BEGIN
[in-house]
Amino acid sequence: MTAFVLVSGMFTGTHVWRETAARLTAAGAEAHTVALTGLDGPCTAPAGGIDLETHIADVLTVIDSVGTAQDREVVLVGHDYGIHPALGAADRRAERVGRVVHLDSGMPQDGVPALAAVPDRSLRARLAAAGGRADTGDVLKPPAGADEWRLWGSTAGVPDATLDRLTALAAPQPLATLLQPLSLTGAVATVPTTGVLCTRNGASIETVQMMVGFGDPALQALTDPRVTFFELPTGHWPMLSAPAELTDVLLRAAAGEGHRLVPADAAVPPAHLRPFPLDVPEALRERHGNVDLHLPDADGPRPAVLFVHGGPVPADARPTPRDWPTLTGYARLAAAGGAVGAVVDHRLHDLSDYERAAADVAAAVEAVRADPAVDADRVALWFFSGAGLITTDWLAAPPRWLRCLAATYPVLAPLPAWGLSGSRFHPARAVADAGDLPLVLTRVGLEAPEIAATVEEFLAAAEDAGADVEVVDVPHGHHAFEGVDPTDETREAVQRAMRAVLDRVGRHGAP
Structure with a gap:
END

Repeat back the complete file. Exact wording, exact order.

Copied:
[in-house]
Amino acid sequence: MTAFVLVSGMFTGTHVWRETAARLTAAGAEAHTVALTGLDGPCTAPAGGIDLETHIADVLTVIDSVGTAQDREVVLVGHDYGIHPALGAADRRAERVGRVVHLDSGMPQDGVPALAAVPDRSLRARLAAAGGRADTGDVLKPPAGADEWRLWGSTAGVPDATLDRLTALAAPQPLATLLQPLSLTGAVATVPTTGVLCTRNGASIETVQMMVGFGDPALQALTDPRVTFFELPTGHWPMLSAPAELTDVLLRAAAGEGHRLVPADAAVPPAHLRPFPLDVPEALRERHGNVDLHLPDADGPRPAVLFVHGGPVPADARPTPRDWPTLTGYARLAAAGGAVGAVVDHRLHDLSDYERAAADVAAAVEAVRADPAVDADRVALWFFSGAGLITTDWLAAPPRWLRCLAATYPVLAPLPAWGLSGSRFHPARAVADAGDLPLVLTRVGLEAPEIAATVEEFLAAAEDAGADVEVVDVPHGHHAFEGVDPTDETREAVQRAMRAVLDRVGRHGAP
Structure with a gap: